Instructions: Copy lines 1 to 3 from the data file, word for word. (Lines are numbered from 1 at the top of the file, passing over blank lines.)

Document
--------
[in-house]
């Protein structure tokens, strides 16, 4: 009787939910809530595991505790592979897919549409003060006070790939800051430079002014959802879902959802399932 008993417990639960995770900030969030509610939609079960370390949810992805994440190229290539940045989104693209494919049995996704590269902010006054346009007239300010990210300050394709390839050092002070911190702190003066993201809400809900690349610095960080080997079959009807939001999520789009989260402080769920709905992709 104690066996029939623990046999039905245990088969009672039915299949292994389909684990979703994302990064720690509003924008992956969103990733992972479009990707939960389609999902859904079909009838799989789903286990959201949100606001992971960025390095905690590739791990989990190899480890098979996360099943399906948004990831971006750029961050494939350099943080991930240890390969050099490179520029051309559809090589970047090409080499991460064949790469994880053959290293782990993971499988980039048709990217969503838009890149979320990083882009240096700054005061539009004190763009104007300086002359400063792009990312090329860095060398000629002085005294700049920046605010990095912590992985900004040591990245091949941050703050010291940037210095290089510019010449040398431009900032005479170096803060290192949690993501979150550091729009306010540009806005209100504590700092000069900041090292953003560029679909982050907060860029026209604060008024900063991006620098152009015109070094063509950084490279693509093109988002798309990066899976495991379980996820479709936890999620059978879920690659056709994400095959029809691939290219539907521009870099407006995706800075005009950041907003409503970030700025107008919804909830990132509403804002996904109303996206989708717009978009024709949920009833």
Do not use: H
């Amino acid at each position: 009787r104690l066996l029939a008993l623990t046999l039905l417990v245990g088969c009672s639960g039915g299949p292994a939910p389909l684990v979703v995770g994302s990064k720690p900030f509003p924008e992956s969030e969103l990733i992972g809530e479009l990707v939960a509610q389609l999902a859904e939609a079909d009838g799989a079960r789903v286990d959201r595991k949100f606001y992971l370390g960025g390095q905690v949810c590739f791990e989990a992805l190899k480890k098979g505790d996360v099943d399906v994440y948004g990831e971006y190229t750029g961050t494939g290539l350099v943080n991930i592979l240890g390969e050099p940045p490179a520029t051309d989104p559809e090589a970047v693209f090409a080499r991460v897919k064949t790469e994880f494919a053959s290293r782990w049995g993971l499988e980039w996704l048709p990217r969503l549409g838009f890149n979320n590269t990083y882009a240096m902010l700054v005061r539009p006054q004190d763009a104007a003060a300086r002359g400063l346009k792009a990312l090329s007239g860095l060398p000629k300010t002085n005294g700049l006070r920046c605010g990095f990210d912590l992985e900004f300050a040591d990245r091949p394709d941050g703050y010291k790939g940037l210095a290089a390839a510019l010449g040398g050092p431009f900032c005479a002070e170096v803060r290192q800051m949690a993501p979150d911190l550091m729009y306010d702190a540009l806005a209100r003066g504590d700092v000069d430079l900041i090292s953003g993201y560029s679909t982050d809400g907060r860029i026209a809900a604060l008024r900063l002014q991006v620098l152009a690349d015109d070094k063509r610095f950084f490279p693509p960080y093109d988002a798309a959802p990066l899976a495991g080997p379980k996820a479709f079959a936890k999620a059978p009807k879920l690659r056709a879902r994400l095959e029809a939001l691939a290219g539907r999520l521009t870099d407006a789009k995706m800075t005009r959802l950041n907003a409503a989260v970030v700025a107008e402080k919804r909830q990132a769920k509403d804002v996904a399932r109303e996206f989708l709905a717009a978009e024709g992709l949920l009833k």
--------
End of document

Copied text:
[in-house]
């Protein structure tokens, strides 16, 4: 009787939910809530595991505790592979897919549409003060006070790939800051430079002014959802879902959802399932 008993417990639960995770900030969030509610939609079960370390949810992805994440190229290539940045989104693209494919049995996704590269902010006054346009007239300010990210300050394709390839050092002070911190702190003066993201809400809900690349610095960080080997079959009807939001999520789009989260402080769920709905992709 104690066996029939623990046999039905245990088969009672039915299949292994389909684990979703994302990064720690509003924008992956969103990733992972479009990707939960389609999902859904079909009838799989789903286990959201949100606001992971960025390095905690590739791990989990190899480890098979996360099943399906948004990831971006750029961050494939350099943080991930240890390969050099490179520029051309559809090589970047090409080499991460064949790469994880053959290293782990993971499988980039048709990217969503838009890149979320990083882009240096700054005061539009004190763009104007300086002359400063792009990312090329860095060398000629002085005294700049920046605010990095912590992985900004040591990245091949941050703050010291940037210095290089510019010449040398431009900032005479170096803060290192949690993501979150550091729009306010540009806005209100504590700092000069900041090292953003560029679909982050907060860029026209604060008024900063991006620098152009015109070094063509950084490279693509093109988002798309990066899976495991379980996820479709936890999620059978879920690659056709994400095959029809691939290219539907521009870099407006995706800075005009950041907003409503970030700025107008919804909830990132509403804002996904109303996206989708717009978009024709949920009833």
Do not use: H